• Counsel in ways to avoid emotional upsets; stress management. Emotional stress causes peripheral vasoconstriction by stimulating the sympathetic nervous system.

Education for Anticoagulant Therapy

                  For persons taking anticoagulant medications, the following health teachings are important:

  • Wear a medical identification bracelet.
  • Take medication at approximately the same time each day.
  • Stress the importance of routine lab work.
  • Do not use aspirin-containing products or non-steroidal anti-inflammatory drugs (NSAIDs).
  • Avoid trauma.
  • Shave with an electric razor.
  • Use a soft toothbrush.
  • Report possible adverse side effects immediately to healthcare provider;

-   Any bleeding that does not stop within several minutes.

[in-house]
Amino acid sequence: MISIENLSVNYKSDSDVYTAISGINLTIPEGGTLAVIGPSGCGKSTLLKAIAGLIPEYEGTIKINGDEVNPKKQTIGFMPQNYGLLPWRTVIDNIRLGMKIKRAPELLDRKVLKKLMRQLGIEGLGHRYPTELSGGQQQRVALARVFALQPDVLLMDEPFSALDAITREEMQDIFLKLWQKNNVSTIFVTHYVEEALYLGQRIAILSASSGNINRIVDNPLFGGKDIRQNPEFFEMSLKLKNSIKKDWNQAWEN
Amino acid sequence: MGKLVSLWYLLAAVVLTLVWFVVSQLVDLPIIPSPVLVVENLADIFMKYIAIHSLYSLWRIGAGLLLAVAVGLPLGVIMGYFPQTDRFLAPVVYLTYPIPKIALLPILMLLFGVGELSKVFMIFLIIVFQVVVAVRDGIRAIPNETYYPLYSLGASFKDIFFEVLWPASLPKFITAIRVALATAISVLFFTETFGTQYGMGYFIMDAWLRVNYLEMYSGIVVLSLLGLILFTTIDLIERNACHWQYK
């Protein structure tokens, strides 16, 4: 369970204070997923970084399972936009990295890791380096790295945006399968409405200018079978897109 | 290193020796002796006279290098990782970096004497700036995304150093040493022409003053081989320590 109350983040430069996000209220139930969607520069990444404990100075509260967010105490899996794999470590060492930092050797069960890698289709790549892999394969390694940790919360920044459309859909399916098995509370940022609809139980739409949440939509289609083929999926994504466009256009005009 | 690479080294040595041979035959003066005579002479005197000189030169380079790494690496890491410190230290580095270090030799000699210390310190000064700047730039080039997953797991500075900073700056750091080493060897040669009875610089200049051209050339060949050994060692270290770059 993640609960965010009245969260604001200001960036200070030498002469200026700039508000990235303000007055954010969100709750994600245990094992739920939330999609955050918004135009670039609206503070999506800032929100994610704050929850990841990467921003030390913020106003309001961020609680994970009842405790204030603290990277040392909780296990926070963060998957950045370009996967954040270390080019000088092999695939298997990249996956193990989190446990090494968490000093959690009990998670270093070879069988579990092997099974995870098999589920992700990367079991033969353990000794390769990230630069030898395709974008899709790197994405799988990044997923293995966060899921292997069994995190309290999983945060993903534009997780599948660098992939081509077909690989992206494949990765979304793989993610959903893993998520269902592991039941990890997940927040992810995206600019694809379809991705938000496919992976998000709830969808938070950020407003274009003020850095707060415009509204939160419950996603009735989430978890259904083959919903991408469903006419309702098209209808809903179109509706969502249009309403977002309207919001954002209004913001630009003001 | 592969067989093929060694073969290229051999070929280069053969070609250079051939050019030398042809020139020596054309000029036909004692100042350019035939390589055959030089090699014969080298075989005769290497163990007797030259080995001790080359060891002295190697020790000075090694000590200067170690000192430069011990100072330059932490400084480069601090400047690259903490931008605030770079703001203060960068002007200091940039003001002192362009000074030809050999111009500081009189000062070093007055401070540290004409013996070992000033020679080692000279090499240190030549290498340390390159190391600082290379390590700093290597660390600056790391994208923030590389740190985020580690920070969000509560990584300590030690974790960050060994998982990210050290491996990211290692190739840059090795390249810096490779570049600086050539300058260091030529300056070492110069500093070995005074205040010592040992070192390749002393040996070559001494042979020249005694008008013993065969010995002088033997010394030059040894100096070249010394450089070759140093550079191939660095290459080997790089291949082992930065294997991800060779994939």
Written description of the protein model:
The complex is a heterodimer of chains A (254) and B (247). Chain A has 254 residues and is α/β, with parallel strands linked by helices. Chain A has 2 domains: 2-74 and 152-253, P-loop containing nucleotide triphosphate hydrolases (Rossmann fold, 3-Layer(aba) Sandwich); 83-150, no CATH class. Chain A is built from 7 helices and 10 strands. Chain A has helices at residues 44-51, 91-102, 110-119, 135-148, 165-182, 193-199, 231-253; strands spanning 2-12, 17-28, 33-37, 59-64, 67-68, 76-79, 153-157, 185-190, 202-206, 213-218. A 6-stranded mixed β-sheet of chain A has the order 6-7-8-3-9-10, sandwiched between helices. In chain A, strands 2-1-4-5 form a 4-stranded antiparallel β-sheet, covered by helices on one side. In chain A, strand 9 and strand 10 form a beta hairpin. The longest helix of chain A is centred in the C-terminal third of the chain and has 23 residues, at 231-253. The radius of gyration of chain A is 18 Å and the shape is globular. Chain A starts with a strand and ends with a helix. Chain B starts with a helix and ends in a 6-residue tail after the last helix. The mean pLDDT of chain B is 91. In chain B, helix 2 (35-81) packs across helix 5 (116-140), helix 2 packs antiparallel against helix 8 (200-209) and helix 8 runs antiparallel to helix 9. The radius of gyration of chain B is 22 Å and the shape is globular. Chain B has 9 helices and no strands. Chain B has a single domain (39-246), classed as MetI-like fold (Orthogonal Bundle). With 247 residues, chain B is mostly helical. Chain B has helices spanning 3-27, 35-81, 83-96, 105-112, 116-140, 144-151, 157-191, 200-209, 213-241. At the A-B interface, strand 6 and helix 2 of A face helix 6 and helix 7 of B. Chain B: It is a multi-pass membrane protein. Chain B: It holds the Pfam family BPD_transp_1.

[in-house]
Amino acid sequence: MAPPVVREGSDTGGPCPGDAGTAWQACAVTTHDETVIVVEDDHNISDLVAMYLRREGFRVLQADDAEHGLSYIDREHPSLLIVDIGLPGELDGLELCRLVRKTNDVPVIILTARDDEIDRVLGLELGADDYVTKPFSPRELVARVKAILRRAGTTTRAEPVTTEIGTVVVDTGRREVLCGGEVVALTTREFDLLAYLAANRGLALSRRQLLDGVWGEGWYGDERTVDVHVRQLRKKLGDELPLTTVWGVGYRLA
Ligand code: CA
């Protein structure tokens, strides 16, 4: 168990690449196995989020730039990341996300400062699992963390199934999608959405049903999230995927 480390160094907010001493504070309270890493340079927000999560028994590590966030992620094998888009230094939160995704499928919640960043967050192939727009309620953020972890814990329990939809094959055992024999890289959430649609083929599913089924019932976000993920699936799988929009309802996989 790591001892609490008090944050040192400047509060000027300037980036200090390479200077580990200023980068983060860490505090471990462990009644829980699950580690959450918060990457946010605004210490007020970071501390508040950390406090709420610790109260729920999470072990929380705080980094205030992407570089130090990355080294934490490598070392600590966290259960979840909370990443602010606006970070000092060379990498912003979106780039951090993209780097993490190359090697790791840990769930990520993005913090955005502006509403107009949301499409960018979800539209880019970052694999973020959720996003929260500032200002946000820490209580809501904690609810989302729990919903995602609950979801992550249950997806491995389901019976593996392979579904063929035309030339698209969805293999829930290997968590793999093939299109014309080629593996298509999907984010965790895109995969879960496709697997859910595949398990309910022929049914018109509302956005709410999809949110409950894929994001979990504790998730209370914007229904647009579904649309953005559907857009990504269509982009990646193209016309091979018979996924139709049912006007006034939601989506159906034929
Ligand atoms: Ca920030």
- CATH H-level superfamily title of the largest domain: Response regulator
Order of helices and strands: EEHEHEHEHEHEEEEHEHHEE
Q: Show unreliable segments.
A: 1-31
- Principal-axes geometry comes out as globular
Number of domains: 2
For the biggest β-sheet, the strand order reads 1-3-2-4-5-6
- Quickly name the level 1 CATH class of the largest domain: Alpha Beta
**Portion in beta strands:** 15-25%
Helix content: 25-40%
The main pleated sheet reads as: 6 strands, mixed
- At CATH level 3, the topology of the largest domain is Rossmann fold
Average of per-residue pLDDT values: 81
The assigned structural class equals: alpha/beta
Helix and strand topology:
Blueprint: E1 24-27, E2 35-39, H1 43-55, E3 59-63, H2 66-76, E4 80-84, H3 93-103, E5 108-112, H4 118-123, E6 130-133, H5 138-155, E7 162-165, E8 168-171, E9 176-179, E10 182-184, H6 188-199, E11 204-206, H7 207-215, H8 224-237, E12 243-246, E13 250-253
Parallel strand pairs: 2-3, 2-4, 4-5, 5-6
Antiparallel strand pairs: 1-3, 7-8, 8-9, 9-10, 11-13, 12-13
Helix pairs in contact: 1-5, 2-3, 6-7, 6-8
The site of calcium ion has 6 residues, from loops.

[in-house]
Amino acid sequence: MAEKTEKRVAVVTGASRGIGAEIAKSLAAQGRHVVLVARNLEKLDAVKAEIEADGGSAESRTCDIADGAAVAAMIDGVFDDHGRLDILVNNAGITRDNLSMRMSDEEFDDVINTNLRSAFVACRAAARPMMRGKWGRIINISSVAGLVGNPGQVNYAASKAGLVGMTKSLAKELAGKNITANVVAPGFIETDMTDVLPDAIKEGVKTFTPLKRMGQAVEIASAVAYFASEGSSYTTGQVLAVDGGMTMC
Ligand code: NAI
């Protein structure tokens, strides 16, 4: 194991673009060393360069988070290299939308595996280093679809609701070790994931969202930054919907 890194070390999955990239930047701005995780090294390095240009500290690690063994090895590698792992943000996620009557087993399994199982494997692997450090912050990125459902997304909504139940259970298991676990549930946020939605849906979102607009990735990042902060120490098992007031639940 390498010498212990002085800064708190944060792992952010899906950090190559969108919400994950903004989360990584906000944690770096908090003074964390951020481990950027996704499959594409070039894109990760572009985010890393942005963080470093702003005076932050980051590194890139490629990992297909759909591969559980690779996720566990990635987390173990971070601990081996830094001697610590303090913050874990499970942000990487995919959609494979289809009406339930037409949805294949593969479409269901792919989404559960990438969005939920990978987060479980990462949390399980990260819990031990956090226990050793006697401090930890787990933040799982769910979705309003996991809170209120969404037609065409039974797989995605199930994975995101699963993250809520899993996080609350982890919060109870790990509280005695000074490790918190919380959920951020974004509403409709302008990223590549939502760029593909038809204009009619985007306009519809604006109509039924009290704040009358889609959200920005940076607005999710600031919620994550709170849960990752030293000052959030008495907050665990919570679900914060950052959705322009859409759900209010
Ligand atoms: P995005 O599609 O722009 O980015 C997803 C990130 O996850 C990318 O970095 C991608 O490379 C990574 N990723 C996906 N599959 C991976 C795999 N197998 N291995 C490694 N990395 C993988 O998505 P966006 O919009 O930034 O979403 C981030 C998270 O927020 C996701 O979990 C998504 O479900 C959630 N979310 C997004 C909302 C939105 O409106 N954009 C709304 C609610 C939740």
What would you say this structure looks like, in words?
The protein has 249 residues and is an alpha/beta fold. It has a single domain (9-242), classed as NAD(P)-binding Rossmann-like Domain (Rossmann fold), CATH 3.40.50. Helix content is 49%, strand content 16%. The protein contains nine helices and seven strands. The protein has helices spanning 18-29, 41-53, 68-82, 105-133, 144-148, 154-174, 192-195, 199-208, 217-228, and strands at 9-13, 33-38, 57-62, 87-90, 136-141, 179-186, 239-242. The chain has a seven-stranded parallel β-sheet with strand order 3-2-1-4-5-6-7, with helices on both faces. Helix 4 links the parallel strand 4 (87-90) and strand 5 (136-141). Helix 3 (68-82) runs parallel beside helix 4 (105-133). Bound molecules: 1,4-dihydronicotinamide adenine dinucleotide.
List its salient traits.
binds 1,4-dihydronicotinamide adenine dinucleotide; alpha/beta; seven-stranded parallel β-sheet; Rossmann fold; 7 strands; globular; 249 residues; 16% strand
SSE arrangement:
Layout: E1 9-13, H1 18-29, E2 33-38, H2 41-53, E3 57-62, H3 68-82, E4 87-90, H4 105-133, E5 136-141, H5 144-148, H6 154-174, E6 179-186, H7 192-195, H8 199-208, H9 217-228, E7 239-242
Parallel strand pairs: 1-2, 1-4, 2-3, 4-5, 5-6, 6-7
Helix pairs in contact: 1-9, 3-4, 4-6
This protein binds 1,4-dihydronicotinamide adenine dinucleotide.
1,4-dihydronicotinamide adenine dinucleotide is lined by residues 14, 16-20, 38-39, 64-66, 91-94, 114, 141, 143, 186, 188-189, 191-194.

-   Unusual bleeding anywhere else in the body.

-   Weakness or dizziness.


We will be expanding on this important topic in future articles. While I recommend you to register to download an e-book: “Adult Prevention Guide” for better health, a FREE

Click here for PDF

We welcome your comments at the end of the article.
The Team Manager Web Diseases

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1 comment - What do you think?  Posted by Katherine B. - April 11, 2013 at 10:12

Categories: Cardiology   Tags: